Though amino acids are most recognized for their role in muscle growth and repair, they are at the core of many vital processes in the body. They play an important role in tissue growth, energy production, immune function, and nutrient absorption. Several are considered essential nutrients, meaning your body does not produce them but requires them to function.
Vitamin B Complex
Eight different B vitamins make up what is called vitamin B complex. These vitamins are water soluble, which means your body does not store them. For this reason, it is important to consume them regularly. Many factors can increase your body's demand for these vitamins, such as age and certain medical conditions, depleting them.
Glutathione is considered "the mother of all antioxidants." It reduces oxidative stress, which may be a precursor to multiple diseases. One unique thing about glutathione is that the body can make it in the liver, which is not true of most antioxidants. Levels may be reduced by aging, poor nutrition, environmental toxins, and stress.
Magnesium plays several crucial roles in the body, such as supporting muscle and nerve function and energy production. Many people do not get enough magnesium in their diets, and chronically low levels can increase the risk of certain diseases. One of the first signs of magnesium deficiency is often fatigue, along with muscle spasms and weakness.
Zinc is an essential trace mineral with many important functions in the body. It is a known nutrient gap in many people, mostly seen in those who consume a vegetarian diet. It supports immune function, improves wound healing, promotes eye health, and helps decrease inflammation. It is used widely to shorten the duration of colds.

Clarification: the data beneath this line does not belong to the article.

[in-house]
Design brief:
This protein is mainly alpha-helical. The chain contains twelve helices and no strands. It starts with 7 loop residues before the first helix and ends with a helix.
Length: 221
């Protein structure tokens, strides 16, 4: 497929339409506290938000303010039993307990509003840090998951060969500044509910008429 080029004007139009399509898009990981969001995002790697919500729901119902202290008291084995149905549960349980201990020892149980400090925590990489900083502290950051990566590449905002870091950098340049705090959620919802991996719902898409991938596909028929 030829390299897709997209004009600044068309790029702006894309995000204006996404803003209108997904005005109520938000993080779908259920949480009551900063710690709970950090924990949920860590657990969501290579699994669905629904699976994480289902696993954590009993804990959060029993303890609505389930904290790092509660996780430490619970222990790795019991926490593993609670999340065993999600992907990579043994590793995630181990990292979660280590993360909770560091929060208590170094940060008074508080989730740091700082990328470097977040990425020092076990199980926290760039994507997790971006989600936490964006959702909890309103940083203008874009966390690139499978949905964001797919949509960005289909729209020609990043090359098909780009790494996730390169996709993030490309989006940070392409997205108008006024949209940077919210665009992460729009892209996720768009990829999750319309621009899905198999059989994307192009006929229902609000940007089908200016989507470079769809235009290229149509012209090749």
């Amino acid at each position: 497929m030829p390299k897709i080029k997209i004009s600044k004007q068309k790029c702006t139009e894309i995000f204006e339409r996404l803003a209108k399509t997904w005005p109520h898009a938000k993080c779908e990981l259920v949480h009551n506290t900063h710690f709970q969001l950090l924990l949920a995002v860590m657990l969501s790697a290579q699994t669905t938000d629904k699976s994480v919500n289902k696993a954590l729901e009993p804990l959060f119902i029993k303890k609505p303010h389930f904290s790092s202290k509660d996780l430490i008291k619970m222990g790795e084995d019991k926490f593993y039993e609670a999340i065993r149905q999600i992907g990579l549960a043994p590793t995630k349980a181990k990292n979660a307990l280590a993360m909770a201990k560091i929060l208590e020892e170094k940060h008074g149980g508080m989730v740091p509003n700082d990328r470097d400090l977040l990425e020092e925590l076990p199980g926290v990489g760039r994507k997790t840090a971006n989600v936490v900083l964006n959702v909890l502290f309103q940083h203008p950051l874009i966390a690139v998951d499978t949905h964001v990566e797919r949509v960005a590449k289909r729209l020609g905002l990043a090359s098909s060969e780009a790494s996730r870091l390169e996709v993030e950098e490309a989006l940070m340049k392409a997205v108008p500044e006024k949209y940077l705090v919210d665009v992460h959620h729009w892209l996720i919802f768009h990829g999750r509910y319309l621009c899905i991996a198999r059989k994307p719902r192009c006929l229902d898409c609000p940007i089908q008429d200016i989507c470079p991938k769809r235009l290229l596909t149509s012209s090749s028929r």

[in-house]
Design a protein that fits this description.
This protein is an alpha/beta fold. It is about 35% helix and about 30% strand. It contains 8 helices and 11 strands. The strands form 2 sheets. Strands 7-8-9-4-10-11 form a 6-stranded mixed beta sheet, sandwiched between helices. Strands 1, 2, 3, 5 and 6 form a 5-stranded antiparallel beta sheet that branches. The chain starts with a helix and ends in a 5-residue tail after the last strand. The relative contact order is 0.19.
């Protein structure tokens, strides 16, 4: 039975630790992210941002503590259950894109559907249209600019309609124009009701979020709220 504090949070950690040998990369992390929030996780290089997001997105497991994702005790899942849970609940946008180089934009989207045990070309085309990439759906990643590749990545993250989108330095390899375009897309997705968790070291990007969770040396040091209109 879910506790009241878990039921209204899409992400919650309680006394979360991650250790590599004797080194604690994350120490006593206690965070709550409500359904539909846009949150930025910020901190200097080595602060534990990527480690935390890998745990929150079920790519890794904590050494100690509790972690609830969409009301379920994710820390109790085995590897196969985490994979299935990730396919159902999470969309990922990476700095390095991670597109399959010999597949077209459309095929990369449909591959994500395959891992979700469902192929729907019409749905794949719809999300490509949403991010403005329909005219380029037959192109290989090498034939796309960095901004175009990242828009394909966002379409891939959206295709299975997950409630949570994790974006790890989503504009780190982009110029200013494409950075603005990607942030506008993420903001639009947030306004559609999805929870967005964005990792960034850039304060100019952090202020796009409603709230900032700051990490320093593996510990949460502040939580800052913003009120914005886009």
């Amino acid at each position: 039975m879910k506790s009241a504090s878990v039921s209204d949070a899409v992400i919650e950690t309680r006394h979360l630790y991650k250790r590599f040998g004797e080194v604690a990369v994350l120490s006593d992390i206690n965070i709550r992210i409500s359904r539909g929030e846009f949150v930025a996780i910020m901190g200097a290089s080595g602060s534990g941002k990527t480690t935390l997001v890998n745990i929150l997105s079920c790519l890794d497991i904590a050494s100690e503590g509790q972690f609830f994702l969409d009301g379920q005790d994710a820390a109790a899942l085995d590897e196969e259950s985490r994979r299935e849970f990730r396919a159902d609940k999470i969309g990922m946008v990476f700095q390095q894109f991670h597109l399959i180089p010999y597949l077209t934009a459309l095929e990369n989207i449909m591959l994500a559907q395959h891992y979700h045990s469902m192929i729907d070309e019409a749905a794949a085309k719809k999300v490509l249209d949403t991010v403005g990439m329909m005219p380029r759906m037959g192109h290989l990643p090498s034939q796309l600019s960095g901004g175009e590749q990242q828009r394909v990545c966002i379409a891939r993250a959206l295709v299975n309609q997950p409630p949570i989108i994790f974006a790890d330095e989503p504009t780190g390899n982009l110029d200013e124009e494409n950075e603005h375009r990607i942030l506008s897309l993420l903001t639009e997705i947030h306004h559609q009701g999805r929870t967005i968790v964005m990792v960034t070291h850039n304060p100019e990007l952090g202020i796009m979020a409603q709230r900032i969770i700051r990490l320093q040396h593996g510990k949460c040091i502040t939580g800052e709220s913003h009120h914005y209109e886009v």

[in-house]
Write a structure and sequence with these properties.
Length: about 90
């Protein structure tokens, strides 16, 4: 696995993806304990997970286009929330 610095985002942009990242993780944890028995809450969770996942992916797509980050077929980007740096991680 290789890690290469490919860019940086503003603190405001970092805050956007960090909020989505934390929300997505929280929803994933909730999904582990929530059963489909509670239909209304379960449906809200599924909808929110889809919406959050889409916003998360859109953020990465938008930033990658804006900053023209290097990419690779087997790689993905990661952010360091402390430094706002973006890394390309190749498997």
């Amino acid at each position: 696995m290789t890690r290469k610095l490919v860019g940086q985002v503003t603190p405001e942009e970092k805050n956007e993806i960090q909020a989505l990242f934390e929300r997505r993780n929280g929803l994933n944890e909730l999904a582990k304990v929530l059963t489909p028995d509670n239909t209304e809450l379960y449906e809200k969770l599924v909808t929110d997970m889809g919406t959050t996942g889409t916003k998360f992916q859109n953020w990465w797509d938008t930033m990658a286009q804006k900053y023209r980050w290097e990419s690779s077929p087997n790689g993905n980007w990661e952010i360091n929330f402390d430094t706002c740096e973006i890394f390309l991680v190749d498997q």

Vitamin B12 is an essential vitamin that your body needs to function properly, but cannot be made by your body naturally. It supports the normal function of nerve cells and is needed for red blood cell formation and anemia prevention. Benefits include increasing one's natural energy level, improving memory, and helping prevent heart disease.
Vitamin C, also known as ascorbic acid, is a necessary component in the growth, development, and repair of all body tissues. It may not be the cure for the common cold but higher levels of vitamin C have been found to be an ideal nutrition marker for overall health. Aside from the immunity boost it gives, it appears to exert very diverse action in protecting overall health.
Folic Acid (B9)
Folic acid is essentially a man-made version of folate, a naturally occurring B vitamin found in many foods. Many countries require grain products to be fortified with folic acid to reduce the incidents of folate deficiency. It is common for older adults and pregnant women not to get the recommended dietary intake through diet. Folic acid is vital for healthy cell growth.
Drinking enough water is crucial for many reasons, yet we often do not hydrate our bodies adequately. Proper hydration helps regulate body temperature, keeps joints lubricated, prevents infections, delivers nutrients to cells, and keeps our organs functioning properly. Being well-hydrated can improve sleep, cognition, and mood.
Calcium is the most common mineral found in the body and is required for the formation of bones. It also plays an important role in muscle contraction. Calcium shortage can weaken the bones, especially in older individuals. Unfortunately, our bodies cannot produce new calcium to replenish the supply. The exact amount of calcium needed depends your age and several other factors.